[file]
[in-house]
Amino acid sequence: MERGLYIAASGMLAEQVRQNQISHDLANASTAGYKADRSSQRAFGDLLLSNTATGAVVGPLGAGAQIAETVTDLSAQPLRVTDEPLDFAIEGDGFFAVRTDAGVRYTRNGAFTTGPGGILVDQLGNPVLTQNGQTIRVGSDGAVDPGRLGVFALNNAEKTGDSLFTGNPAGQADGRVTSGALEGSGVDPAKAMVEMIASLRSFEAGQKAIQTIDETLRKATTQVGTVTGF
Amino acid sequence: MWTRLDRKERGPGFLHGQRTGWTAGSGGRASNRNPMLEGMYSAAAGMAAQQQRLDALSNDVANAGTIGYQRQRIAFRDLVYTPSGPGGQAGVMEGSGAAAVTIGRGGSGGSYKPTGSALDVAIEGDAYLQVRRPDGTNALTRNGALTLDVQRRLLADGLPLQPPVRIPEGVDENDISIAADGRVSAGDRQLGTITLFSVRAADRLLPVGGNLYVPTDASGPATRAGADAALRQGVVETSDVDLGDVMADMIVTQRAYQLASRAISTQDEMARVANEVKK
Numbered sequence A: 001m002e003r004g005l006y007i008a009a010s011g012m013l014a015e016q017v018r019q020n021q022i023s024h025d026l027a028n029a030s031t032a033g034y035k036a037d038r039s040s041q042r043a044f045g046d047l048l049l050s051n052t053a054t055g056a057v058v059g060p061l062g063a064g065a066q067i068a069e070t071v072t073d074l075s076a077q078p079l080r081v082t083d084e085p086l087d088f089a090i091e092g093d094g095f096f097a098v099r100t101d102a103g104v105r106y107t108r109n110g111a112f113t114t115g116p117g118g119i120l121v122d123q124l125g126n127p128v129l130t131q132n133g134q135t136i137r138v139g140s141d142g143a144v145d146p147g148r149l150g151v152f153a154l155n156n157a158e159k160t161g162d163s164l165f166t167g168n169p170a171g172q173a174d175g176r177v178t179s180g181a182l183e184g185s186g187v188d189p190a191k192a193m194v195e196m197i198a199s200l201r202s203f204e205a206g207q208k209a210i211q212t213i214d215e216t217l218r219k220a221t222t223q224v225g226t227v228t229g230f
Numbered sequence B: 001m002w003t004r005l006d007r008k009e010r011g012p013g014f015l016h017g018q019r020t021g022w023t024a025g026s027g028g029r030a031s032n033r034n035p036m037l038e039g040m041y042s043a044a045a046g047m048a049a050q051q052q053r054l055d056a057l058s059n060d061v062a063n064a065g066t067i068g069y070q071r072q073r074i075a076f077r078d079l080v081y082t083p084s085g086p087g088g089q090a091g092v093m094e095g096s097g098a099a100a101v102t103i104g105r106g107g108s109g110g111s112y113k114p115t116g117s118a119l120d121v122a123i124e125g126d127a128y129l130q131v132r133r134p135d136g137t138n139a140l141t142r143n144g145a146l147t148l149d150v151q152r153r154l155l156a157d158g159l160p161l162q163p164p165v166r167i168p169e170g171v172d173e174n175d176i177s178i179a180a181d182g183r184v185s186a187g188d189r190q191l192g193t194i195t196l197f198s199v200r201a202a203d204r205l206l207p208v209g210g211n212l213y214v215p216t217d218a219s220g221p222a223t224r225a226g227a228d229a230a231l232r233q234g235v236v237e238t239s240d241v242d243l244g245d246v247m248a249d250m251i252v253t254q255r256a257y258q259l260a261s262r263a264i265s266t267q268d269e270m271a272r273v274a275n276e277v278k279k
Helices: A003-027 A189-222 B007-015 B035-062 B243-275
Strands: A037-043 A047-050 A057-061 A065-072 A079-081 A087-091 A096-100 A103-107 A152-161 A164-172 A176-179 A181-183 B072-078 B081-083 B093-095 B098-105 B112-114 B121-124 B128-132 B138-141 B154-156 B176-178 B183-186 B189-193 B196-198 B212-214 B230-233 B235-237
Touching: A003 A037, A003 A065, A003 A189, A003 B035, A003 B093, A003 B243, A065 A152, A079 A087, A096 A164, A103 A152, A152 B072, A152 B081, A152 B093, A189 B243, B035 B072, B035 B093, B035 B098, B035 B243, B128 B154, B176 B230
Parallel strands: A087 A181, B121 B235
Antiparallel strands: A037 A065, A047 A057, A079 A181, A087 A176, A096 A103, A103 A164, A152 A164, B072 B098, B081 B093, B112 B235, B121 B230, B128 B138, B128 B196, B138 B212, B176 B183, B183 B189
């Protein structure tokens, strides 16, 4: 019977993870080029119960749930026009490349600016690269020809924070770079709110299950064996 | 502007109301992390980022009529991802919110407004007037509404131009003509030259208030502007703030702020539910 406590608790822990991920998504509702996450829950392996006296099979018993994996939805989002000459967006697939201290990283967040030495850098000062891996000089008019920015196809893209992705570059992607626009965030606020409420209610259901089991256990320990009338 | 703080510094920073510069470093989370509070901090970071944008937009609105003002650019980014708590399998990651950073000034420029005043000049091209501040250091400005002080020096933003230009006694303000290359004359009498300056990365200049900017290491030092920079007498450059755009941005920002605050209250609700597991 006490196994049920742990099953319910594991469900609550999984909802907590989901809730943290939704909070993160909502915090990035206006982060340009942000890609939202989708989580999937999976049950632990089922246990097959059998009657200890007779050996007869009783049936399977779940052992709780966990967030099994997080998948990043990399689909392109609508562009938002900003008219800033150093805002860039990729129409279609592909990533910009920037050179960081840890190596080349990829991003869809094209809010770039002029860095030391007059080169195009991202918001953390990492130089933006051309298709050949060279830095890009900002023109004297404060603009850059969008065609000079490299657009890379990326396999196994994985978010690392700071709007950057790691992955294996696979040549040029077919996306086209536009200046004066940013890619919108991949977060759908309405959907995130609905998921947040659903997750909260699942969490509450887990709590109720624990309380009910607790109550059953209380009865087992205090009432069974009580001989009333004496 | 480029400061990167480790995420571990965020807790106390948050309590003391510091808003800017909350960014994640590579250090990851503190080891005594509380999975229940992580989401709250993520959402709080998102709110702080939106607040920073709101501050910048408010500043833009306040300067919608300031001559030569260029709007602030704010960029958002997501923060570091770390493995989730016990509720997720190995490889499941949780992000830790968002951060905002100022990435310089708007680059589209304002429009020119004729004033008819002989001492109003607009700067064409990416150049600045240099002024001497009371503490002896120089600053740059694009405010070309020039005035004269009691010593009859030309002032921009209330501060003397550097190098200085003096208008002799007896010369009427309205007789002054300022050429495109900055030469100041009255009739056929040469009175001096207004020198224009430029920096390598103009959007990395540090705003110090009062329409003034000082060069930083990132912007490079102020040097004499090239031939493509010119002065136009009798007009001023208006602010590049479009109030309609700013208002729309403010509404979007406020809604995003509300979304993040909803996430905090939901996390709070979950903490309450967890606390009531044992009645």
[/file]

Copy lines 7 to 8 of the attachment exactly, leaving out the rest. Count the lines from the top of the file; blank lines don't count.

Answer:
Strands: A037-043 A047-050 A057-061 A065-072 A079-081 A087-091 A096-100 A103-107 A152-161 A164-172 A176-179 A181-183 B072-078 B081-083 B093-095 B098-105 B112-114 B121-124 B128-132 B138-141 B154-156 B176-178 B183-186 B189-193 B196-198 B212-214 B230-233 B235-237
Touching: A003 A037, A003 A065, A003 A189, A003 B035, A003 B093, A003 B243, A065 A152, A079 A087, A096 A164, A103 A152, A152 B072, A152 B081, A152 B093, A189 B243, B035 B072, B035 B093, B035 B098, B035 B243, B128 B154, B176 B230